Show Me Your Work

There’s making a decision. Then there’s explaining a decision.

My decision to stop dating, to dismiss the idea of love and romance in my life? A sound decision. One I’ve circled since my last relationship ended in 2016. And maybe before that, when my boss (full disclosure: I am an executive assistant) gave me a “thank you for putting up with my shit” speech right before he gave me a $2,000 bonus and I remembered every time I’d heard a similar sentiment with no tangible reward at the end.

Either way, it’s 2022. I’ve workshopped this theory for six years. There isn’t a possibility or corner that I haven’t considered.

Still. I’m knocked on my ass when confronted with hope. I don’t know how to not sound like an asshole in the face of a true believer.

“But like, you’d change your mind if you met the right person…” a friend asked as we sat around another friend’s kitchen table, drinking wine and catching up the way college roommates do under the worst circumstances.

“I don’t believe there is a right person,” I answered. When that wasn’t enough, I launched my litany.

Men aren’t fun.

Talking to them is boring.

I’m 38 years old and the likelihood that I will be fucked well by a man my age diminishes by the minute.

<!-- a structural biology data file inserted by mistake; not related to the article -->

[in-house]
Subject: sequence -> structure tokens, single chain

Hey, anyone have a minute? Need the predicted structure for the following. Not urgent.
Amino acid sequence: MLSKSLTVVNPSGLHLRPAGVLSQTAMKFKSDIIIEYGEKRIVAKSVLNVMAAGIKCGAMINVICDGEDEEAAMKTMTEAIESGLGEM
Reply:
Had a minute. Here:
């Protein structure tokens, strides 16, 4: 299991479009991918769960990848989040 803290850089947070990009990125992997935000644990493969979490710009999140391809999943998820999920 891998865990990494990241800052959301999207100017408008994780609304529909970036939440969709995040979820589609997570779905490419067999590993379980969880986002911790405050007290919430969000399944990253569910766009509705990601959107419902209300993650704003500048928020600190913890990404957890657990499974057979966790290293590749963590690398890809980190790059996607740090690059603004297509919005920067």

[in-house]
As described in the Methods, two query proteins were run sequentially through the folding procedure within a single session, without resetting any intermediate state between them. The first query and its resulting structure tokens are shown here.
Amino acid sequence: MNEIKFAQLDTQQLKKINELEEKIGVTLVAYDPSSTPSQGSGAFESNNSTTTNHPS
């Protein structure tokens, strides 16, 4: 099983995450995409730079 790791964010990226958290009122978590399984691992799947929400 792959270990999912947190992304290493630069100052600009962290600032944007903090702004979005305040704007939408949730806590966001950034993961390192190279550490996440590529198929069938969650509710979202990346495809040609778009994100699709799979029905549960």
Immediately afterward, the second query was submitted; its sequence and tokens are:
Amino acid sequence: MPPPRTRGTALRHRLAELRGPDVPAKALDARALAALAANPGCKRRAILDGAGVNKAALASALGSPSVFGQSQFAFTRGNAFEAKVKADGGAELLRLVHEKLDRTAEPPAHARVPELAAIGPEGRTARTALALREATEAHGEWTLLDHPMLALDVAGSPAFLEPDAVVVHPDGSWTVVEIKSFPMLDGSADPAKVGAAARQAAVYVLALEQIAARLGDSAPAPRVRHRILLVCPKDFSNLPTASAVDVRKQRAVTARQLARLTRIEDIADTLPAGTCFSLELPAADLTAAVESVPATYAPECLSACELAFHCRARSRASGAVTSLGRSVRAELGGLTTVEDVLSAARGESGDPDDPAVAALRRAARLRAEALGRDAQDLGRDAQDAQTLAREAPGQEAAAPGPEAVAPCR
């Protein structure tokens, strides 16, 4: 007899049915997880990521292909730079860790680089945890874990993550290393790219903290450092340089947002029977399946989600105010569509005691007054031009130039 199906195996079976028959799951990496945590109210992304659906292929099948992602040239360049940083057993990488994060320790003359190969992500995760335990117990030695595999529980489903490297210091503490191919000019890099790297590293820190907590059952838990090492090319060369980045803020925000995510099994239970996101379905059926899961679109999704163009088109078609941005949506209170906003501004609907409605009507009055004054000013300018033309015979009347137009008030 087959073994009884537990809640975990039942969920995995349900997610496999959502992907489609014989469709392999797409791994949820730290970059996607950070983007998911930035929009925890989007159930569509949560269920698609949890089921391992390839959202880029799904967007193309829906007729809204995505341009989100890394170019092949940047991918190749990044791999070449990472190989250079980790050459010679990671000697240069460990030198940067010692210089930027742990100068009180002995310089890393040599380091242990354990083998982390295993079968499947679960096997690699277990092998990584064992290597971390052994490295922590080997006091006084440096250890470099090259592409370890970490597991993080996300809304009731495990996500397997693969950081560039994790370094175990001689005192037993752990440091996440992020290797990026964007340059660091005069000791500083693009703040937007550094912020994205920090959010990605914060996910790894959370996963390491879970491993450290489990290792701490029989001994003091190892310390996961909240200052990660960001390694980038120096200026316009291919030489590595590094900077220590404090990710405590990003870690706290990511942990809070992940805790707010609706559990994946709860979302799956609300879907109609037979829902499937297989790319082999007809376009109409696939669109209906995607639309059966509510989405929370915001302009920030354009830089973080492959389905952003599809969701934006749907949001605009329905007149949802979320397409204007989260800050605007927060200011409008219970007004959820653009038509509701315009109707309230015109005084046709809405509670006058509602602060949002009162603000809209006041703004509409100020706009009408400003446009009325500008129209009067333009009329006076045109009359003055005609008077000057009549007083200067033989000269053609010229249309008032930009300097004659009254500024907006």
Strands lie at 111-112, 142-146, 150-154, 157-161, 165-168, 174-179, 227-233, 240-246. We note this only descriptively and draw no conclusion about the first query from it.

I can send myself into full convulsions, I-see-stars-and-pass-out-for-15-30-minutes types of pleasure with the flick of my wrist.

And if you’re talking about emotional support, let me tell you how — as a hetero woman — I will always shoulder the emotional labor because women are nurturers but I am not.

Irrefutable logic in my head. Out of my mouth? It did not give what I needed it to give.

It shouldn’t matter. Except sixteen years after earning a degree in Mass Media Communications, I pride myself on effectively relaying a message. I don’t need you to agree, but when I show you my work, I need you to say “Hm. I see how you got here.”

When that doesn’t happen, I’ve failed.

So I need to tweak my message. Make it short. Sexy. Irrefutable.

“I don’t date,” she says as she swirls the red wine in her glass.



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a girl named rob

I used to be "skinny black girl." I'm now a slender woman on the other side of 35 with no new moniker who is not quite interested in writing under her given name. Still writing my life, a day (or some months) at a time. Also, still black.

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